I have this code that I've made to parse a string of HTML and tell me if it is all enclosed within a specified tag:

const textIsWrappedWithTag = (text, tag) => {
  const tempDocument = new DOMParser().parseFromString(text, "text/xml");
  if (tempDocument.getElementsByTagName("parsererror").length) {
    return false;
  if (tempDocument.children.length === 1 && tempDocument.children[0].tagName.toLowerCase() === tag.toLowerCase()) {
    return true;
  return false;

My test cases do what I want them to do:

const yes = '<p><div><span>one</span></div><div><p>two</p></div></p>';
const no = '<p>one</p><p>two</p><p>three</p>';
const no2 = '<div><p>one</p><p>two</p><p>three</p></div>';

textIsWrappedWithTag(yes, 'p');
> true
textIsWrappedWithTag(no, 'p');
> false
textIsWrappedWithTag(no2, 'p');
> false

I played around with this in the console to develop it, but I'm not super famliar with DOMParser and parsererror, so I want to be sure that I'm not overlooking something

  • \$\begingroup\$ Welcome to Code Review. textIsWrappedWithTag(yes, 'p'); actually returns false instead of true... \$\endgroup\$ Jun 11, 2019 at 22:35
  • \$\begingroup\$ @SᴀᴍOnᴇᴌᴀ ah sorry, I left out a .length check. Fixed that and now it returns true. \$\endgroup\$
    – JacobIRR
    Jun 11, 2019 at 22:39

1 Answer 1


Your code looks good and concise.

Your test cases cover almost every branch of the code, which is also good.

You can improve the variable names:

  • The temp in tempDocument is not necessary. Therefore the variable name should better be document, or if that is too long, doc. Be careful though when abbreviating variable names, and don't make them ambiguous.

  • The no test case should rather be called parsererror. I had to run the code to see that it really tests this branch of the code. By improving the name of the variable, you make this more obvious.

There is a test case missing for a tag name other than p.

if (doc.children.length === 1 && doc.children[0].tagName.toLowerCase() === tag.toLowerCase()) {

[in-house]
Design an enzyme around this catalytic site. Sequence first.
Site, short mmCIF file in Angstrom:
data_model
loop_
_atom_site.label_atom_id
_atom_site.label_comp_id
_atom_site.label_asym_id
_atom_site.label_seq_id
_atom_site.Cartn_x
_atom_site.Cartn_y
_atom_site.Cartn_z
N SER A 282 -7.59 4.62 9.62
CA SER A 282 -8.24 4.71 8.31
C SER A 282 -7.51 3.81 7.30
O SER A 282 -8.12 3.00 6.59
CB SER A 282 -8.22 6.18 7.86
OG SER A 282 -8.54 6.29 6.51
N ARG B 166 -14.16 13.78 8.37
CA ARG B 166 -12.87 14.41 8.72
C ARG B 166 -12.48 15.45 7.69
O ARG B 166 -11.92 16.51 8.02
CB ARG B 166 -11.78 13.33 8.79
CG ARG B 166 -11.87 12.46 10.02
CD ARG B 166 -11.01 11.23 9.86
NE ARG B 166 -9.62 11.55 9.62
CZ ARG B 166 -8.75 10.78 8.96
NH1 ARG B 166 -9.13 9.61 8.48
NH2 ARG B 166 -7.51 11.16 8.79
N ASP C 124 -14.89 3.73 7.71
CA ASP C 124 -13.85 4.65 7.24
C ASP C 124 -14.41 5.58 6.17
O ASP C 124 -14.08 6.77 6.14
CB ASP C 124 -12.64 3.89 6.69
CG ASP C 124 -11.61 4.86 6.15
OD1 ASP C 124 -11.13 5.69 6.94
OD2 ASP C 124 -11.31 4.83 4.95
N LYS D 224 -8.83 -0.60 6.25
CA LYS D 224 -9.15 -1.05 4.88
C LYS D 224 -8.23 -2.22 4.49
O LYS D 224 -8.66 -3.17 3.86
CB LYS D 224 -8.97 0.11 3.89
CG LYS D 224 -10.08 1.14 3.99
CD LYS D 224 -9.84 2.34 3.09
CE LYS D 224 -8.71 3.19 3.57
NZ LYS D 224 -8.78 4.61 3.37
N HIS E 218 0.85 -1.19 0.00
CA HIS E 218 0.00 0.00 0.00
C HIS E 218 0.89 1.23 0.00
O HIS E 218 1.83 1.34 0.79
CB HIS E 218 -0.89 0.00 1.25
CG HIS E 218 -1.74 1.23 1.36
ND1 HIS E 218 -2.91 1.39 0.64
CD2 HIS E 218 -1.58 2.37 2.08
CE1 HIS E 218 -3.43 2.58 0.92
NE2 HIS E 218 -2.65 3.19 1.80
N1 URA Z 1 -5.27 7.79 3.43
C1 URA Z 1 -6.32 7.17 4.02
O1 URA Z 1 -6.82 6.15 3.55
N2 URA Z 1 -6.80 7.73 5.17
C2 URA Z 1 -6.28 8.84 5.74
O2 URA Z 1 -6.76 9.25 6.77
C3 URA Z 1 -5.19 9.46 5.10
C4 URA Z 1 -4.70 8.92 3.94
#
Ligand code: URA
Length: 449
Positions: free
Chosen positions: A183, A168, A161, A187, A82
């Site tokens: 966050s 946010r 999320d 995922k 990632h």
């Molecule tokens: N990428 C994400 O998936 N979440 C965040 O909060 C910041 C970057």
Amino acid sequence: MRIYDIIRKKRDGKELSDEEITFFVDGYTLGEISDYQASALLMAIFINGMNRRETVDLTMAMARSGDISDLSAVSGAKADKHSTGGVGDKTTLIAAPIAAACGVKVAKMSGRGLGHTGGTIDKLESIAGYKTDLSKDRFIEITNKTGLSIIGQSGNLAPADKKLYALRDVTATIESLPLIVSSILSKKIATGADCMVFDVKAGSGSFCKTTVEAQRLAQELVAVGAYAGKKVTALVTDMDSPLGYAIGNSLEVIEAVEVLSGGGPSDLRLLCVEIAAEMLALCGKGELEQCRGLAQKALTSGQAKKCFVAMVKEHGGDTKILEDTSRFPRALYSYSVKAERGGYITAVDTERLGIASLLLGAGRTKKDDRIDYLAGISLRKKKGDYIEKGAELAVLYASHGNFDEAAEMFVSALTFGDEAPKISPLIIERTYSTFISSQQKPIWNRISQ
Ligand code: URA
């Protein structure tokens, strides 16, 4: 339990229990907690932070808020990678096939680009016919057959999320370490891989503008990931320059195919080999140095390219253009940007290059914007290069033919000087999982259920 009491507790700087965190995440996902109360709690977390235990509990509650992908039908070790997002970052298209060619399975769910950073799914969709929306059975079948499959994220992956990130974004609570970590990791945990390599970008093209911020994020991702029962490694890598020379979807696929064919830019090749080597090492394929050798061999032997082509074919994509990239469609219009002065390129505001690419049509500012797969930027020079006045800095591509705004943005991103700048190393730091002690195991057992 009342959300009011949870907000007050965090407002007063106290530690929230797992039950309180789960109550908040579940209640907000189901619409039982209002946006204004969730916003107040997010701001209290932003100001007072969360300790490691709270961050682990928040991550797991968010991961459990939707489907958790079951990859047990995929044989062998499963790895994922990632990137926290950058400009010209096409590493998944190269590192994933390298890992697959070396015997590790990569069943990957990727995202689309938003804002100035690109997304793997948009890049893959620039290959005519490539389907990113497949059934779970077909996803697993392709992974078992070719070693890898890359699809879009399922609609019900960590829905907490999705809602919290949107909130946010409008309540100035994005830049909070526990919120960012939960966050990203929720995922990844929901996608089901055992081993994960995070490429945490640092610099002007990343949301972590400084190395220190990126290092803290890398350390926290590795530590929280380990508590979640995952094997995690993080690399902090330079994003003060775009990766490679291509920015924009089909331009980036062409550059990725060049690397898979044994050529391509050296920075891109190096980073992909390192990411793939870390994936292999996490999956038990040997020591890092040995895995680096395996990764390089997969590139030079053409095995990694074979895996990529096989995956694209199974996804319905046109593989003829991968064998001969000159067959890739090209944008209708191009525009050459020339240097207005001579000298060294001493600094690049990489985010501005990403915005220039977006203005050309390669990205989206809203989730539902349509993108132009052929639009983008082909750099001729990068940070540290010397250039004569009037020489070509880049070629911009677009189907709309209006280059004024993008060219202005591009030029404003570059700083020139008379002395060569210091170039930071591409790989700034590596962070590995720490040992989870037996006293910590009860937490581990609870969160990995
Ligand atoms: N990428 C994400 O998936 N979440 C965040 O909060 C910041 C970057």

return true;
return false;

If you want, you can write this code a bit shorter:

return doc.children.length === 1
    && doc.children[0].tagName.toLowerCase() === tag.toLowerCase();

Your current code is a bit longer, but it allows you to set a breakpoint on the return true statement, which may be useful when debugging the code. But since you already have automated tests running, you will probably not need to set a breakpoint there. Your choice. Many programmers prefer the shorter form, but the longer form is not bad per se.

The expression doc.children.length === 1 is always true. This is because you are parsing the text using the text/xml type, and the XML standard requires exactly 1 root element. Everything else will end up in the parsererror branch. To verify this, you should add a test case for an empty string. And a test case for an XML comment, such as <!-- comment -->.

When I first read the function name textIsWrappedWithTag, I didn't know exactly what to expect from that function. My first thought was that textIsWrappedWithTag('<div><p>text</p></div>', 'p') would return true, since there is some text that is enclosed in a p tag. You could try to find a better name for that function, maybe topLevelElementIs.

By the way, the DOM API talks about elements, while the HTML standard calls them tags. If you want your function to feel like it belongs to the DOM API, you should call it textIsWrappedWithElement instead.


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